11/30/960.005.244.305.24the one month total no longer includes 10/30/96
12/10/960.836.545.606.54pool established

Note that both the "rainfall in the last month", and the "rainfall in the last two months", are identical to the cumulative rainfall until 11/30/96. On that date, the rainfall on 10/30/96 drops out of the "rainfall in the last month" since the rainfall on 10/30/96 occurred a month and a day earlier. Hence the "rainfall in the last month" dropped from 5.24" to 4.30" on that date. It increased to 4.61" on 12/6/96, since the 0.31" on that day was added to the "last month total", with no rainfall lost in that total since no rain fell from 10/30/96 to 11/6/96.

The "rainfall in the last two months" will continue to equal the total rainfall until 12/30/96, at which point the 10/30/96 rainfall will drop out of the two month total.

The figure below summarizes the rainfall data observations for all four years between the date of my last observation of no water in the Pool and the date of my first observation that the Pool contained water in each year. This plot shows clearly the amount of rainfall needed to fill the Pool, but it is a bit complicated, so read the explanatory text below the plot to interpret the plot.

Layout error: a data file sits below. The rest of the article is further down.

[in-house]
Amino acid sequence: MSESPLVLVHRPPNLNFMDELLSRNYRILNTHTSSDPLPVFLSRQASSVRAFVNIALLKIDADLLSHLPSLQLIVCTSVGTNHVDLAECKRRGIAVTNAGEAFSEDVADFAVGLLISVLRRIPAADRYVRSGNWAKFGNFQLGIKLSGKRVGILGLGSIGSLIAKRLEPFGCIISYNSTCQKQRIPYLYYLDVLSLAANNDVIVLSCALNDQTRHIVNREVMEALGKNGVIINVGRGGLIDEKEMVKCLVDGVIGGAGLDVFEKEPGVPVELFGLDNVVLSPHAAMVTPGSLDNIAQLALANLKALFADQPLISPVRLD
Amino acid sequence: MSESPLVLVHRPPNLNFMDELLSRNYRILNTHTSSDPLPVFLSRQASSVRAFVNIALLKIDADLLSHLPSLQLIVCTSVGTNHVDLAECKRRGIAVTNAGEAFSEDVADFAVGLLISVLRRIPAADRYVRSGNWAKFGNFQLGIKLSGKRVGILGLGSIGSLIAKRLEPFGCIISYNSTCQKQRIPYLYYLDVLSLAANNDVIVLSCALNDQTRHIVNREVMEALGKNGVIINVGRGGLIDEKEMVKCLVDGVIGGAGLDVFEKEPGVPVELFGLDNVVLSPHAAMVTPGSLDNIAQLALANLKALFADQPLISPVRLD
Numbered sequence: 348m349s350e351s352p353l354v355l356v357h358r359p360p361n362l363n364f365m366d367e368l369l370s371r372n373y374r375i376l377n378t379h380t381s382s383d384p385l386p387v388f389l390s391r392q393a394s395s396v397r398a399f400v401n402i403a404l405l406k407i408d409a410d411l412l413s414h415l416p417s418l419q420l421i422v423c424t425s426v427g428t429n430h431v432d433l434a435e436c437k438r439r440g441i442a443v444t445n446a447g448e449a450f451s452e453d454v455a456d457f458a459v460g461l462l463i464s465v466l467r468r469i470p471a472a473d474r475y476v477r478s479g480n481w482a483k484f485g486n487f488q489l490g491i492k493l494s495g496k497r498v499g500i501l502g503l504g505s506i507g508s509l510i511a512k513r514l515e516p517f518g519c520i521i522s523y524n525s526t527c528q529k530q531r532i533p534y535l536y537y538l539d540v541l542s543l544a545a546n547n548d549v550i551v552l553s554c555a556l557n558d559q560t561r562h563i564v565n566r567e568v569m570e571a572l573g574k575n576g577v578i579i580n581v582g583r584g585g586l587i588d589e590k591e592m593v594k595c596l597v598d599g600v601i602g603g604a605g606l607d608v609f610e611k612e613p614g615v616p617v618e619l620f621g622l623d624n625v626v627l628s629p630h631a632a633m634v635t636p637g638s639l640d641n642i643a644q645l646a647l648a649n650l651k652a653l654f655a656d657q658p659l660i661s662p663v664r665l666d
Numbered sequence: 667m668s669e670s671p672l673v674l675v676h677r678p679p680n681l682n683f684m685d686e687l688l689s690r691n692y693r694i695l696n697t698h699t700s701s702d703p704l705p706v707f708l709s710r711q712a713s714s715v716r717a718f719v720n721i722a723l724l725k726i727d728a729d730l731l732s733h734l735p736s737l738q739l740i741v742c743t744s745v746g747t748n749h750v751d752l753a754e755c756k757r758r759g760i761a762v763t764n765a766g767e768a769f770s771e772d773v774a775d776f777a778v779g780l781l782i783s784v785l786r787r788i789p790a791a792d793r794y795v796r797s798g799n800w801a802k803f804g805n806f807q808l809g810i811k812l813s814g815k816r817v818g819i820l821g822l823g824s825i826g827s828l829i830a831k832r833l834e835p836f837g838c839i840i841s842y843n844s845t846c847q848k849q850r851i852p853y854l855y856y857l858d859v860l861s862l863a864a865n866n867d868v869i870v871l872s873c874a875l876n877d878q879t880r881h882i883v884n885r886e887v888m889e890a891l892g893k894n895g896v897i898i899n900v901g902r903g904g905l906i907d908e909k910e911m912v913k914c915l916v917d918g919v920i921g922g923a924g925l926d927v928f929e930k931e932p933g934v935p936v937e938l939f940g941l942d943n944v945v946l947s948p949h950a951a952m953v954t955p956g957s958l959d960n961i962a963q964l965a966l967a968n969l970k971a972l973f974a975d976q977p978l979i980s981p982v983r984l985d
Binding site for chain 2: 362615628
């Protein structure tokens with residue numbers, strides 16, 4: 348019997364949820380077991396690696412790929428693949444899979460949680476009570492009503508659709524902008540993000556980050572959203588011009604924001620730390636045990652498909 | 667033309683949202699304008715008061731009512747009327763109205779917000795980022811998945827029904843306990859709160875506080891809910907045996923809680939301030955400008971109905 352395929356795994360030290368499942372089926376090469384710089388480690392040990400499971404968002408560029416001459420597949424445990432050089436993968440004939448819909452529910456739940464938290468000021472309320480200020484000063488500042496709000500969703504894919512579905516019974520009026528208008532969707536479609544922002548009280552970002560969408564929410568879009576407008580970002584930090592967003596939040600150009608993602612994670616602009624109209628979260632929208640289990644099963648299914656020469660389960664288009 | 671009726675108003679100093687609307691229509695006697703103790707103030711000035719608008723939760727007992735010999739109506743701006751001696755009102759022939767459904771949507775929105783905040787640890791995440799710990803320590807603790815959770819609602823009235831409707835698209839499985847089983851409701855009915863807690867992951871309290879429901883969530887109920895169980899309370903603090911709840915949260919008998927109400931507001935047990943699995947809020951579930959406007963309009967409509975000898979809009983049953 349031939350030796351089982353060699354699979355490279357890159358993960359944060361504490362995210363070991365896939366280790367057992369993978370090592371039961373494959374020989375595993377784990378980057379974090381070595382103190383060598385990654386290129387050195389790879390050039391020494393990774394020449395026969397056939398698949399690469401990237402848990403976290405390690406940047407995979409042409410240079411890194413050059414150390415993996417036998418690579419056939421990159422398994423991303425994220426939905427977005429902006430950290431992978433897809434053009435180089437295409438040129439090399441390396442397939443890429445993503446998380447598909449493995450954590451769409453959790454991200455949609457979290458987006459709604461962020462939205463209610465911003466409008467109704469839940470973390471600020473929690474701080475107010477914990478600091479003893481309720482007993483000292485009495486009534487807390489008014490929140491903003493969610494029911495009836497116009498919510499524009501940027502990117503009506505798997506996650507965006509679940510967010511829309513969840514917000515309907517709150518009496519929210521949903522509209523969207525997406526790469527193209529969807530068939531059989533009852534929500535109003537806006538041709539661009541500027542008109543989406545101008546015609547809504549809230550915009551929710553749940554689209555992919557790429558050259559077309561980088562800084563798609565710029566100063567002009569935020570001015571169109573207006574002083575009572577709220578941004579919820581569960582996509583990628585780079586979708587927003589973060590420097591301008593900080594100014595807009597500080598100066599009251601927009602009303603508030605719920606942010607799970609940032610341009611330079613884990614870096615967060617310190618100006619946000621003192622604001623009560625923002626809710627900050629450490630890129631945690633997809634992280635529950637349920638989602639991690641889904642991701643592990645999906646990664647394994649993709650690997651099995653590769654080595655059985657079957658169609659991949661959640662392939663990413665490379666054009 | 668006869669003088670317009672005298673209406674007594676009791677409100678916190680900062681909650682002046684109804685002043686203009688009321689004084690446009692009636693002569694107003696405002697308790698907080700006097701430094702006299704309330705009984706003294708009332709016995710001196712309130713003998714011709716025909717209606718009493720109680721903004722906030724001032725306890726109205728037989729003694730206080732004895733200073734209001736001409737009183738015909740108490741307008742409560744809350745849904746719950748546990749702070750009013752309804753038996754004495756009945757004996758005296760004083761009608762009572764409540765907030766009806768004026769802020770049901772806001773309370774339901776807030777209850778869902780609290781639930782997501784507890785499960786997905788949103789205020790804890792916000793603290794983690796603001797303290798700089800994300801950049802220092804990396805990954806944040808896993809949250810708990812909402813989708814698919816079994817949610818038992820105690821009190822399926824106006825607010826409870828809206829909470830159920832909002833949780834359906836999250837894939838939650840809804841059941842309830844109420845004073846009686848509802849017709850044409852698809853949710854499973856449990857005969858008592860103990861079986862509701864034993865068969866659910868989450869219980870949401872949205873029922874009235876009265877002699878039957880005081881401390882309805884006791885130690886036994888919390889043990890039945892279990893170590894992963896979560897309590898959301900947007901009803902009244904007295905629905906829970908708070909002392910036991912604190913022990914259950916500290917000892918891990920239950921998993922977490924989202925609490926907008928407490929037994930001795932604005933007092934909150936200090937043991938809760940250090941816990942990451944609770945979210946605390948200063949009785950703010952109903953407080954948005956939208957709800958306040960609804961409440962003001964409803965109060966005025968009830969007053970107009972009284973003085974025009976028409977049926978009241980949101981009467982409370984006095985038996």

plot showing rainfall amount needed to fill the main Vernal Pool

Consider first the red line at the middle right of the plot, which represents the 1996-1997 data presented above. This line begins at (5.24,5.24), which has a blue unfilled circle around it, moves left to (4.30, 5.24) and then ends at (5.60, 6.54), a blue filled circle.

The other two lines ending in filled blue circles similarly represent the 1997-1998 data (zigzag aqua line ending in the filled blue circle at the middle top of the plot) and the 1999-2000 data (the nearly straight pink line ending in the lowest filled blue circle at middle right).